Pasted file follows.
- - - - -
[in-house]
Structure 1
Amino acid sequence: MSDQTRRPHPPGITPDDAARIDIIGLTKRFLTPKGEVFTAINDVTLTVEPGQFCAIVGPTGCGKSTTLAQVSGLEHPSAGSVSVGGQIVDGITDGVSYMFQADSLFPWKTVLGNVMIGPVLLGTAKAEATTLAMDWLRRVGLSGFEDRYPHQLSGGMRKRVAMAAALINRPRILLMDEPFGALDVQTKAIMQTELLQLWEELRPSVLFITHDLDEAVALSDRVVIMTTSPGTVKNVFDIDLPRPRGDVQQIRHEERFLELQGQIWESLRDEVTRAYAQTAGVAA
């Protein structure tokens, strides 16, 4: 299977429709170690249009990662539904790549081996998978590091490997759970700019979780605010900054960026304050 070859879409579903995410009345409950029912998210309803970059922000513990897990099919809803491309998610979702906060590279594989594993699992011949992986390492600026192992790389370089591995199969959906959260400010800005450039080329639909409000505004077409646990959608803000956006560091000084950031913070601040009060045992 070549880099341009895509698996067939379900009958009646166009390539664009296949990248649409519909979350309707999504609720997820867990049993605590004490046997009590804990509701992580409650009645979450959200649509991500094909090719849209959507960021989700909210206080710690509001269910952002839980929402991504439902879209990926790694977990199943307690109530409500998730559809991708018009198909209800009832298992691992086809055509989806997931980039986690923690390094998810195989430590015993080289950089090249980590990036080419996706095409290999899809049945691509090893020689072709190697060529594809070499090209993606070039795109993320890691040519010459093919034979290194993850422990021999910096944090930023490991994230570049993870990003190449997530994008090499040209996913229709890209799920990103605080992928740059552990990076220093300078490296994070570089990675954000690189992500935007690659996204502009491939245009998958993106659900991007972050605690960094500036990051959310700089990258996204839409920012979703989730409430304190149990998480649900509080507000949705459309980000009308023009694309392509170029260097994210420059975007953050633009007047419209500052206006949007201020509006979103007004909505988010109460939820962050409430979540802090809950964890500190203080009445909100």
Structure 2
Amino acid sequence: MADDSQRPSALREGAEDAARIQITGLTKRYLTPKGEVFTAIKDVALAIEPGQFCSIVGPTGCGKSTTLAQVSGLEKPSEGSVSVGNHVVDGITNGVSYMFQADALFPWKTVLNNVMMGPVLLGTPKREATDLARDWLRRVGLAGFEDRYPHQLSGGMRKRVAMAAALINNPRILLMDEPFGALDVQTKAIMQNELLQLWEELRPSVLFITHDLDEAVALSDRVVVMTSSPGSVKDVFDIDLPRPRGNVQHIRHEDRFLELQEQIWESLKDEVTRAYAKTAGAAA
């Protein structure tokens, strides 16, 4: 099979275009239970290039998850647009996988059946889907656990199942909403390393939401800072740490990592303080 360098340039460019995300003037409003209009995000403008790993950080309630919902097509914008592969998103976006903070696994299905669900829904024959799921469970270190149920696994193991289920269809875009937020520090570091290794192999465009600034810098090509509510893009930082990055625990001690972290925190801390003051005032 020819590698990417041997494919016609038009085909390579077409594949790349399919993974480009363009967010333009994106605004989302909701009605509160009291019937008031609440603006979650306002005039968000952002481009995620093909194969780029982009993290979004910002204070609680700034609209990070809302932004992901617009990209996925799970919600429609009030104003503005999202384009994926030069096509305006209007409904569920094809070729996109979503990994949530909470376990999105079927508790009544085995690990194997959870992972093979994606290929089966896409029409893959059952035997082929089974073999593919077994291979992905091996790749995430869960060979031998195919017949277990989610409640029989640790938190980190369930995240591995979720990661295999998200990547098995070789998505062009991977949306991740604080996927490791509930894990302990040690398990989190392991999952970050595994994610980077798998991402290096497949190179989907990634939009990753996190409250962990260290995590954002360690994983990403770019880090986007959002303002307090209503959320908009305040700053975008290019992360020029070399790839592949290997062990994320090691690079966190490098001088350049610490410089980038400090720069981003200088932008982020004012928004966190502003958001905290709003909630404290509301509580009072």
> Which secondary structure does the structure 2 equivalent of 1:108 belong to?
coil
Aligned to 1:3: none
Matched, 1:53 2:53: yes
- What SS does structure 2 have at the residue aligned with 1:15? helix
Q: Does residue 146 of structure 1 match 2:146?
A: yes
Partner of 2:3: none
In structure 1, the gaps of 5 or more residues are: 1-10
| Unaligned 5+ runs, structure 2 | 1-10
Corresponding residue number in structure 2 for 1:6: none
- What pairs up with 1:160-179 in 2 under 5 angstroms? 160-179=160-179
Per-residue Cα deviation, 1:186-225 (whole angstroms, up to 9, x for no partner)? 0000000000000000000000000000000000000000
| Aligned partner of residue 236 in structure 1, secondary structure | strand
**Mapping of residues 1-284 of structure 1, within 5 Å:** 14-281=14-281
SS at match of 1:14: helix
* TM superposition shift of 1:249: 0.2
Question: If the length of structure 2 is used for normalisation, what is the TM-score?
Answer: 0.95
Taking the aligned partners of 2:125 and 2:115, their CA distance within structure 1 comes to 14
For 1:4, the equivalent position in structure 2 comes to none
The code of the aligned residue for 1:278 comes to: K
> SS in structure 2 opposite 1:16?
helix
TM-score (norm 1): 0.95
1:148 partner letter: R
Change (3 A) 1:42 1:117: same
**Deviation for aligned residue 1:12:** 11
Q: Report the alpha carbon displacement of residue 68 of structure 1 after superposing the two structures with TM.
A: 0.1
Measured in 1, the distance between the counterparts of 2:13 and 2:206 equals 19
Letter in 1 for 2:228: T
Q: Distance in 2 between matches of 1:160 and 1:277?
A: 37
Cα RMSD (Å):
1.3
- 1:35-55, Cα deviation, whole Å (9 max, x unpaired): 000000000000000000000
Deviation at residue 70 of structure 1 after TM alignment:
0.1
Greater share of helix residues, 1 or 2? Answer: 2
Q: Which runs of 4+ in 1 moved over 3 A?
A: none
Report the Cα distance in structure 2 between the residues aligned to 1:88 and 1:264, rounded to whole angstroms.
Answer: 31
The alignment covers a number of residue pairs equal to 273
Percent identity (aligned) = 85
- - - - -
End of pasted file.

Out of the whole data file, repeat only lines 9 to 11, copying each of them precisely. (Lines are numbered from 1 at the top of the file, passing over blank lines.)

coil
Aligned to 1:3: none
Matched, 1:53 2:53: yes